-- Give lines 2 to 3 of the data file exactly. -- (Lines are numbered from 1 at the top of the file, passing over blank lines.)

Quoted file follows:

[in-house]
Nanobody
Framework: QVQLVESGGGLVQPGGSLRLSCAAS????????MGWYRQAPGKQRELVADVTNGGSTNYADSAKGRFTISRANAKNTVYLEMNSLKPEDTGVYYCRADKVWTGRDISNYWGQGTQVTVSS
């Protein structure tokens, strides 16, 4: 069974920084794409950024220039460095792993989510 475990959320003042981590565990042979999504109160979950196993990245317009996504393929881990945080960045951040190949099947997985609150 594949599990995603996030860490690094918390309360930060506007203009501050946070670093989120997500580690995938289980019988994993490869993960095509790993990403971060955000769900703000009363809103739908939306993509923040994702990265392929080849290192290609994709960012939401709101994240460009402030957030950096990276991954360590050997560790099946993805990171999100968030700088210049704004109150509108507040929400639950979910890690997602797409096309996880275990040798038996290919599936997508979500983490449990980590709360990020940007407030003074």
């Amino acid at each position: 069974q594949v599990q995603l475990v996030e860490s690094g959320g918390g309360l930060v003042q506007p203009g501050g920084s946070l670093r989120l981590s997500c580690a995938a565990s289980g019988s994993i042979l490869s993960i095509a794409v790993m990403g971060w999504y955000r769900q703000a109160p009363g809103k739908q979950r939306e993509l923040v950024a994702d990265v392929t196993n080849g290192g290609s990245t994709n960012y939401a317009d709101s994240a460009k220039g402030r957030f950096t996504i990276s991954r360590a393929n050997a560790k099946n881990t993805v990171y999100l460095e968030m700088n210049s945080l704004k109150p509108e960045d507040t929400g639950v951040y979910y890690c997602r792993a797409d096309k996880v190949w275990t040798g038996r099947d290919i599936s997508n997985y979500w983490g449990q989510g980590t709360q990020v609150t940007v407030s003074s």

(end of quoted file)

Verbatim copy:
Nanobody
Framework: QVQLVESGGGLVQPGGSLRLSCAAS????????MGWYRQAPGKQRELVADVTNGGSTNYADSAKGRFTISRANAKNTVYLEMNSLKPEDTGVYYCRADKVWTGRDISNYWGQGTQVTVSS